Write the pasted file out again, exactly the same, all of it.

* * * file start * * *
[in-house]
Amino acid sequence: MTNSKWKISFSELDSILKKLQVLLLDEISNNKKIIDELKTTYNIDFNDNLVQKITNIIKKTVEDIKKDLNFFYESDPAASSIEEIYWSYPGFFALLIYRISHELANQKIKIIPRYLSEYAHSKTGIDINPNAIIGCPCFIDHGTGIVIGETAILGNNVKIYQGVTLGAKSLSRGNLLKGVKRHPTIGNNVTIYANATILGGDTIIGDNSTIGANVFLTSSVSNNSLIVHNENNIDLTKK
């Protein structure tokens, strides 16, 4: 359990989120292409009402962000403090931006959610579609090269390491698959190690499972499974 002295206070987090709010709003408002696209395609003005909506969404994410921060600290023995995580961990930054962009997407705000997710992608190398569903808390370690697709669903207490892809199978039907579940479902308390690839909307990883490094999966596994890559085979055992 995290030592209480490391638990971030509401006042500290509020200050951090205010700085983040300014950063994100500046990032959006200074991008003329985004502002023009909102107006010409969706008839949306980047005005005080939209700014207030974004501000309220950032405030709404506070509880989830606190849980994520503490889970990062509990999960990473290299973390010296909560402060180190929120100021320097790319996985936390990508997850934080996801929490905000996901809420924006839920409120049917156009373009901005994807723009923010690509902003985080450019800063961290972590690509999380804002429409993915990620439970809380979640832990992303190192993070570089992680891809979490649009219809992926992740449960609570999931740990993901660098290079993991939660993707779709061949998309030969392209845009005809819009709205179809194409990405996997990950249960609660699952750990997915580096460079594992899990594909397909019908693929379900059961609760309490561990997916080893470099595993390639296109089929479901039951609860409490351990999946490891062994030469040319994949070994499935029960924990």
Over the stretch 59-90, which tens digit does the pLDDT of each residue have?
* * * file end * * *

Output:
[in-house]
Amino acid sequence: MTNSKWKISFSELDSILKKLQVLLLDEISNNKKIIDELKTTYNIDFNDNLVQKITNIIKKTVEDIKKDLNFFYESDPAASSIEEIYWSYPGFFALLIYRISHELANQKIKIIPRYLSEYAHSKTGIDINPNAIIGCPCFIDHGTGIVIGETAILGNNVKIYQGVTLGAKSLSRGNLLKGVKRHPTIGNNVTIYANATILGGDTIIGDNSTIGANVFLTSSVSNNSLIVHNENNIDLTKK
């Protein structure tokens, strides 16, 4: 359990989120292409009402962000403090931006959610579609090269390491698959190690499972499974 002295206070987090709010709003408002696209395609003005909506969404994410921060600290023995995580961990930054962009997407705000997710992608190398569903808390370690697709669903207490892809199978039907579940479902308390690839909307990883490094999966596994890559085979055992 995290030592209480490391638990971030509401006042500290509020200050951090205010700085983040300014950063994100500046990032959006200074991008003329985004502002023009909102107006010409969706008839949306980047005005005080939209700014207030974004501000309220950032405030709404506070509880989830606190849980994520503490889970990062509990999960990473290299973390010296909560402060180190929120100021320097790319996985936390990508997850934080996801929490905000996901809420924006839920409120049917156009373009901005994807723009923010690509902003985080450019800063961290972590690509999380804002429409993915990620439970809380979640832990992303190192993070570089992680891809979490649009219809992926992740449960609570999931740990993901660098290079993991939660993707779709061949998309030969392209845009005809819009709205179809194409990405996997990950249960609660699952750990997915580096460079594992899990594909397909019908693929379900059961609760309490561990997916080893470099595993390639296109089929479901039951609860409490351990999946490891062994030469040319994949070994499935029960924990």
Over the stretch 59-90, which tens digit does the pLDDT of each residue have?